My Fun Fact this week was about the taro plant. In Hawaii, that's an ancient topic. It's said that the first Polynesians to settle the islands actually brought the taro plant with them. Once cultivated, taro -- and poi, made from boiling and pounding the root of the plant -- became a staple.
My Fun Fact was actually a current event report. Last week, the Hawaiian Legislature voted to prohibit genetic modification of Hawaiian varieties of the taro plant. Taro is already the official state plant, but proponents of the bill felt it was necessary to protect the plant from being altered through scientific tinkering.
Botanists at the University of Hawaii opposed the bill, saying that genetic engineering can actually protect plants from disease. But others argued that allowing scientists to change the plant was in effect biopiracy. That was a new one on me. But as I learned, the definition of biopiracy is an attempt by organizations, such as food-producing corporations and universities, to patent or otherwise claim the rights to native-grown foods of indigenous peoples.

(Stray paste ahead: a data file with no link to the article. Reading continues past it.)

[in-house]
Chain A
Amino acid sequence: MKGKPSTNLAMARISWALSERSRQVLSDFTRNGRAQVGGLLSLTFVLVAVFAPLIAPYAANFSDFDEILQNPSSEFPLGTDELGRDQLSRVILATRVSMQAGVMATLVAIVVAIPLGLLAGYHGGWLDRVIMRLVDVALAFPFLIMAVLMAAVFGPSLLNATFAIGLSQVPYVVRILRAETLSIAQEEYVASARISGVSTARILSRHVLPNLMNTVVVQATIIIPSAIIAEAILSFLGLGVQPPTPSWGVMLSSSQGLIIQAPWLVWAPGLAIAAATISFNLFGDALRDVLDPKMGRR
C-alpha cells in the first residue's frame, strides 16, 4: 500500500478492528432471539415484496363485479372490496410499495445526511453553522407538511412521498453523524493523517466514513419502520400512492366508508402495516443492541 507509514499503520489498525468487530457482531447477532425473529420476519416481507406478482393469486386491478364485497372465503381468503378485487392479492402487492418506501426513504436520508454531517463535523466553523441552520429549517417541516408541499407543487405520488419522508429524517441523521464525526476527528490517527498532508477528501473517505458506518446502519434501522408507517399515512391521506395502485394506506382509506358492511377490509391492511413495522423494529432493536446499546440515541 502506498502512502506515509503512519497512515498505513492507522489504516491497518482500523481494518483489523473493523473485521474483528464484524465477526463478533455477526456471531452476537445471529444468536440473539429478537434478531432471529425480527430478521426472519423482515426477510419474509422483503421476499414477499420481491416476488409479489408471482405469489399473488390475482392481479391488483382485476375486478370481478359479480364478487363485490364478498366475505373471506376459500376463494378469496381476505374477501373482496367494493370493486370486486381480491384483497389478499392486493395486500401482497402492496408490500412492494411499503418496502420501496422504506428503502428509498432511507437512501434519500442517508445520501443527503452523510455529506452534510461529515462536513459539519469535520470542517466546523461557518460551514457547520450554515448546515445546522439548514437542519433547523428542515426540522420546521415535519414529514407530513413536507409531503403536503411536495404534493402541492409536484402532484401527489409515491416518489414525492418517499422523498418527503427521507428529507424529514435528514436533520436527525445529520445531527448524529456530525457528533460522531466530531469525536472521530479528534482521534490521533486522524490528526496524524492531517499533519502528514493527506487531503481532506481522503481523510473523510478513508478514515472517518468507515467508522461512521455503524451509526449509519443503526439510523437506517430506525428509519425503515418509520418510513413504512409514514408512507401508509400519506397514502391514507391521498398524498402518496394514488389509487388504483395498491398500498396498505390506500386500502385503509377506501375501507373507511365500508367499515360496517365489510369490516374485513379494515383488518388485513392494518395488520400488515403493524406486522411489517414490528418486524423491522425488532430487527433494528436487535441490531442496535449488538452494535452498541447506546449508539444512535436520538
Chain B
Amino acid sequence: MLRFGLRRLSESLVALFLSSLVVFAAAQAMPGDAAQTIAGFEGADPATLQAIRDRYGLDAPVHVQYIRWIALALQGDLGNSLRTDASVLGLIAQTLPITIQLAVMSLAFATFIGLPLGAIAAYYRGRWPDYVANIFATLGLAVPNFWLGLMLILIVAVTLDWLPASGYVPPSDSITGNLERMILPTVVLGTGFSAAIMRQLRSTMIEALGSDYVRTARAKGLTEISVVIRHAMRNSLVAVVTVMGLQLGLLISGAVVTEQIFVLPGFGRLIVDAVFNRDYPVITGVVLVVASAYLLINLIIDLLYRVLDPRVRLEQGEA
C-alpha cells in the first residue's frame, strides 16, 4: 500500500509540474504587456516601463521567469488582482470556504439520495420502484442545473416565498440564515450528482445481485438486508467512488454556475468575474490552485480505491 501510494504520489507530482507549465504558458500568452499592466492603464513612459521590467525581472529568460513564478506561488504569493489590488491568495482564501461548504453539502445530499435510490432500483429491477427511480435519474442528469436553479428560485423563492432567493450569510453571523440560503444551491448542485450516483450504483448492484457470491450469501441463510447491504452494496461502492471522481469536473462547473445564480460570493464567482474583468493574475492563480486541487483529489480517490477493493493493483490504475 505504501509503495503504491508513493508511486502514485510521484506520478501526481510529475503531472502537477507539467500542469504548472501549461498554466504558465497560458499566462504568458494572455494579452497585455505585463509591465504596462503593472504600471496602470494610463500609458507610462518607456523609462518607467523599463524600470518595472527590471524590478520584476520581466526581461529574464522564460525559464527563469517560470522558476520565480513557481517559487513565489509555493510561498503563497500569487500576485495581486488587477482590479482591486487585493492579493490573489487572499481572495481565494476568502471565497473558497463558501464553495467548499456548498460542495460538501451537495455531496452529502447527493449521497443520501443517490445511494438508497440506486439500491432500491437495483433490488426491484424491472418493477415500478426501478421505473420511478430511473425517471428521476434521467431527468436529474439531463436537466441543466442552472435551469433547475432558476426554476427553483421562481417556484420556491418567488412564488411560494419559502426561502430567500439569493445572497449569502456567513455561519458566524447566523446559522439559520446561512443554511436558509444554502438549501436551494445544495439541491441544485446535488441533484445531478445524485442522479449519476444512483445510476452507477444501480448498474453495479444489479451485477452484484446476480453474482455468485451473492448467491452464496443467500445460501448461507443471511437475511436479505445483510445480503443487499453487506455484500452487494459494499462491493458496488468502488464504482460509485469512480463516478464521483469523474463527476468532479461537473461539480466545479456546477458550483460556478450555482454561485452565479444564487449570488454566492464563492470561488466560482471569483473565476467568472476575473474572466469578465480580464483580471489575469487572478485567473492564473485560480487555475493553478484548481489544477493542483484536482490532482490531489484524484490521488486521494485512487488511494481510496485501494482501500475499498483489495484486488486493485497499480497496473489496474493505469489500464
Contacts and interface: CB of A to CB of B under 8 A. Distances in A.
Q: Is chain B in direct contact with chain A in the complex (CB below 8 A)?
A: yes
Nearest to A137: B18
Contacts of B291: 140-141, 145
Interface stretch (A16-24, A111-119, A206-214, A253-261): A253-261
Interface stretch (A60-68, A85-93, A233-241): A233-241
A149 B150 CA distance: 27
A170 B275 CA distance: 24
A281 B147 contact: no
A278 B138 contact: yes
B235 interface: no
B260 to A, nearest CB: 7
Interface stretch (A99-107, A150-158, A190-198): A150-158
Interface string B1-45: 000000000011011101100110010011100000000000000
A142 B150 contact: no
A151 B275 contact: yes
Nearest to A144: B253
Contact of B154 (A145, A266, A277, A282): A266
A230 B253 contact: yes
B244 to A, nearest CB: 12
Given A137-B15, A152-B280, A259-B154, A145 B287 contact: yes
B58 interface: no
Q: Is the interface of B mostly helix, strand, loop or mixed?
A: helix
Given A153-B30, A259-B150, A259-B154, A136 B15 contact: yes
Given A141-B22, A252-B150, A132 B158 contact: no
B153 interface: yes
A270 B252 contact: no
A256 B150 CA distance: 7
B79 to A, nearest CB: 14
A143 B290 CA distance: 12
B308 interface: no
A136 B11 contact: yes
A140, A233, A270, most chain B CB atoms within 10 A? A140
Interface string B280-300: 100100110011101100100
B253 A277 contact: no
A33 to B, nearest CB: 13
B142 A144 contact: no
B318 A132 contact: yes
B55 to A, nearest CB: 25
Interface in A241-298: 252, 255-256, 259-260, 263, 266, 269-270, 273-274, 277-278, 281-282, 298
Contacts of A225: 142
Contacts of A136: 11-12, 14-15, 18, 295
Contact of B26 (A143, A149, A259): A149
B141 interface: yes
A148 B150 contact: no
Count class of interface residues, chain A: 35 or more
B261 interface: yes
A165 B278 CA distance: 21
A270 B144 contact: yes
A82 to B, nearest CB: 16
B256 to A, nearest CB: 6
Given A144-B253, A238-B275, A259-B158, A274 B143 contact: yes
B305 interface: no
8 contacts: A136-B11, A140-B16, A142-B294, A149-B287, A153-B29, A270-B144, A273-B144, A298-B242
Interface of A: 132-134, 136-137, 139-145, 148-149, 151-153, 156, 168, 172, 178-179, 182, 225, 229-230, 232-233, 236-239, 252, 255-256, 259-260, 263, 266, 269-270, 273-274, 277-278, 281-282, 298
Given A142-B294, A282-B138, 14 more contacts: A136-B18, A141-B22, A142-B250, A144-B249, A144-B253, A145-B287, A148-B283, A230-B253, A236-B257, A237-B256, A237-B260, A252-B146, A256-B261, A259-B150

One reason many Hawaiians were adamant about protecting the taro is that the plant is considered sacred. According to myth, Wakea, also known as Sky Father, created the islands and the Hawaiians. But his first-born son, whom he named Häloa, was badly deformed and stillborn. From the dead baby's grave sprang a plant, the taro.
The next-born son, also named Häloa, was the first Hawaiian. The growing plant was considered to be his elder brother. And that belief, that the taro is the elder brother of all Hawaiians, has been held for generations. It's said that when a Hawaiian eats poi, he or she actually ingests the mana (power) of Häloa the elder brother. We could all use some big brother power from time to time.
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